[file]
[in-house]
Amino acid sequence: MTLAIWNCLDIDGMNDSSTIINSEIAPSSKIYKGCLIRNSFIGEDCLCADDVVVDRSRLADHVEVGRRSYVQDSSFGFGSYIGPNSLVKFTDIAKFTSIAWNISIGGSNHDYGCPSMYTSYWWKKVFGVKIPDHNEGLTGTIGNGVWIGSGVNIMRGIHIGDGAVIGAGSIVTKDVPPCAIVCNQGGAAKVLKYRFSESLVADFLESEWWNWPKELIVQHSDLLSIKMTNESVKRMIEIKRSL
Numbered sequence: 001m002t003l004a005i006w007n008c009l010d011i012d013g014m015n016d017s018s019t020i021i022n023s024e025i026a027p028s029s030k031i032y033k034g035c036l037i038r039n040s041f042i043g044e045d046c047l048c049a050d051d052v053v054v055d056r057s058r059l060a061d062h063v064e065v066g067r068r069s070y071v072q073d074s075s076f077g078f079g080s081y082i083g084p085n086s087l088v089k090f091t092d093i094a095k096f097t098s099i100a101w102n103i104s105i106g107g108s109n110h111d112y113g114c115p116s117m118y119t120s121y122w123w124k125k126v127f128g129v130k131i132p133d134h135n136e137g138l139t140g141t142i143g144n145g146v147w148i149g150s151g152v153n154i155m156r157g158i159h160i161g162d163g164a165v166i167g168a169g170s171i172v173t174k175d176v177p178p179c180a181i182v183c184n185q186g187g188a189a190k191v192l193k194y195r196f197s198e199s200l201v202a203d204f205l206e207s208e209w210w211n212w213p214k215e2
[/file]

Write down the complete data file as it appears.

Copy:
[in-house]
Amino acid sequence: MTLAIWNCLDIDGMNDSSTIINSEIAPSSKIYKGCLIRNSFIGEDCLCADDVVVDRSRLADHVEVGRRSYVQDSSFGFGSYIGPNSLVKFTDIAKFTSIAWNISIGGSNHDYGCPSMYTSYWWKKVFGVKIPDHNEGLTGTIGNGVWIGSGVNIMRGIHIGDGAVIGAGSIVTKDVPPCAIVCNQGGAAKVLKYRFSESLVADFLESEWWNWPKELIVQHSDLLSIKMTNESVKRMIEIKRSL
Numbered sequence: 001m002t003l004a005i006w007n008c009l010d011i012d013g014m015n016d017s018s019t020i021i022n023s024e025i026a027p028s029s030k031i032y033k034g035c036l037i038r039n040s041f042i043g044e045d046c047l048c049a050d051d052v053v054v055d056r057s058r059l060a061d062h063v064e065v066g067r068r069s070y071v072q073d074s075s076f077g078f079g080s081y082i083g084p085n086s087l088v089k090f091t092d093i094a095k096f097t098s099i100a101w102n103i104s105i106g107g108s109n110h111d112y113g114c115p116s117m118y119t120s121y122w123w124k125k126v127f128g129v130k131i132p133d134h135n136e137g138l139t140g141t142i143g144n145g146v147w148i149g150s151g152v153n154i155m156r157g158i159h160i161g162d163g164a165v166i167g168a169g170s171i172v173t174k175d176v177p178p179c180a181i182v183c184n185q186g187g188a189a190k191v192l193k194y195r196f197s198e199s200l201v202a203d204f205l206e207s208e209w210w211n212w213p214k215e2